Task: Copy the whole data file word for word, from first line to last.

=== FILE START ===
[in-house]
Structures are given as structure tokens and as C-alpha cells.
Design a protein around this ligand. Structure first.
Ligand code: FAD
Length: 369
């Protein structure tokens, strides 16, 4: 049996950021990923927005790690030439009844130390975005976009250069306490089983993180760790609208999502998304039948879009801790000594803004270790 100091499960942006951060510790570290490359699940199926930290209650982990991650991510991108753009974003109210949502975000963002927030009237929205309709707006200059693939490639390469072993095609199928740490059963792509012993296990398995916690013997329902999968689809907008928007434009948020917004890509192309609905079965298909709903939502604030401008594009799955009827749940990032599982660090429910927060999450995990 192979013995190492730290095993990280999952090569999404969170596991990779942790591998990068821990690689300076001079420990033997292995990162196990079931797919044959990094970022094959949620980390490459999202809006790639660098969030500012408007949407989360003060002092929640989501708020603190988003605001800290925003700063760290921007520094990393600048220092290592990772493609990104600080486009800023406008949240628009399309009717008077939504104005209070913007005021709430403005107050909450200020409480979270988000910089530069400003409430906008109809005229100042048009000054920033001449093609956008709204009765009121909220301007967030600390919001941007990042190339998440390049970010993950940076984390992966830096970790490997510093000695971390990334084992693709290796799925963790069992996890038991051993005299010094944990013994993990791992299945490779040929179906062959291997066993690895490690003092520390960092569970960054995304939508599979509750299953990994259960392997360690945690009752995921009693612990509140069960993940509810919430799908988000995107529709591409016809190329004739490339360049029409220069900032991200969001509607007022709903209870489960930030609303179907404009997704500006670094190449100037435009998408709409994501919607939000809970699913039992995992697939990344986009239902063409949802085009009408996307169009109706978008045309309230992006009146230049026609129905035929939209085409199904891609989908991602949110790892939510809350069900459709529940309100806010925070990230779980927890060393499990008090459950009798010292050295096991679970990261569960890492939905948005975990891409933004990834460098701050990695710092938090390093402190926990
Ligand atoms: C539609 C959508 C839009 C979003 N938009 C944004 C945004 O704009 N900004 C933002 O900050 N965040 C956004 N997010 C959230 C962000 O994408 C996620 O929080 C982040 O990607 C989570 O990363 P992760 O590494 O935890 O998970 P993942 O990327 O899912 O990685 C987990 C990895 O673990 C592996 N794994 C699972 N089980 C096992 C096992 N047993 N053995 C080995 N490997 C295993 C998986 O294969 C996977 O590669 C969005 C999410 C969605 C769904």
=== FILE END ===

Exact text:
[in-house]
Structures are given as structure tokens and as C-alpha cells.
Design a protein around this ligand. Structure first.
Ligand code: FAD
Length: 369
């Protein structure tokens, strides 16, 4: 049996950021990923927005790690030439009844130390975005976009250069306490089983993180760790609208999502998304039948879009801790000594803004270790 100091499960942006951060510790570290490359699940199926930290209650982990991650991510991108753009974003109210949502975000963002927030009237929205309709707006200059693939490639390469072993095609199928740490059963792509012993296990398995916690013997329902999968689809907008928007434009948020917004890509192309609905079965298909709903939502604030401008594009799955009827749940990032599982660090429910927060999450995990 192979013995190492730290095993990280999952090569999404969170596991990779942790591998990068821990690689300076001079420990033997292995990162196990079931797919044959990094970022094959949620980390490459999202809006790639660098969030500012408007949407989360003060002092929640989501708020603190988003605001800290925003700063760290921007520094990393600048220092290592990772493609990104600080486009800023406008949240628009399309009717008077939504104005209070913007005021709430403005107050909450200020409480979270988000910089530069400003409430906008109809005229100042048009000054920033001449093609956008709204009765009121909220301007967030600390919001941007990042190339998440390049970010993950940076984390992966830096970790490997510093000695971390990334084992693709290796799925963790069992996890038991051993005299010094944990013994993990791992299945490779040929179906062959291997066993690895490690003092520390960092569970960054995304939508599979509750299953990994259960392997360690945690009752995921009693612990509140069960993940509810919430799908988000995107529709591409016809190329004739490339360049029409220069900032991200969001509607007022709903209870489960930030609303179907404009997704500006670094190449100037435009998408709409994501919607939000809970699913039992995992697939990344986009239902063409949802085009009408996307169009109706978008045309309230992006009146230049026609129905035929939209085409199904891609989908991602949110790892939510809350069900459709529940309100806010925070990230779980927890060393499990008090459950009798010292050295096991679970990261569960890492939905948005975990891409933004990834460098701050990695710092938090390093402190926990
Ligand atoms: C539609 C959508 C839009 C979003 N938009 C944004 C945004 O704009 N900004 C933002 O900050 N965040 C956004 N997010 C959230 C962000 O994408 C996620 O929080 C982040 O990607 C989570 O990363 P992760 O590494 O935890 O998970 P993942 O990327 O899912 O990685 C987990 C990895 O673990 C592996 N794994 C699972 N089980 C096992 C096992 N047993 N053995 C080995 N490997 C295993 C998986 O294969 C996977 O590669 C969005 C999410 C969605 C769904």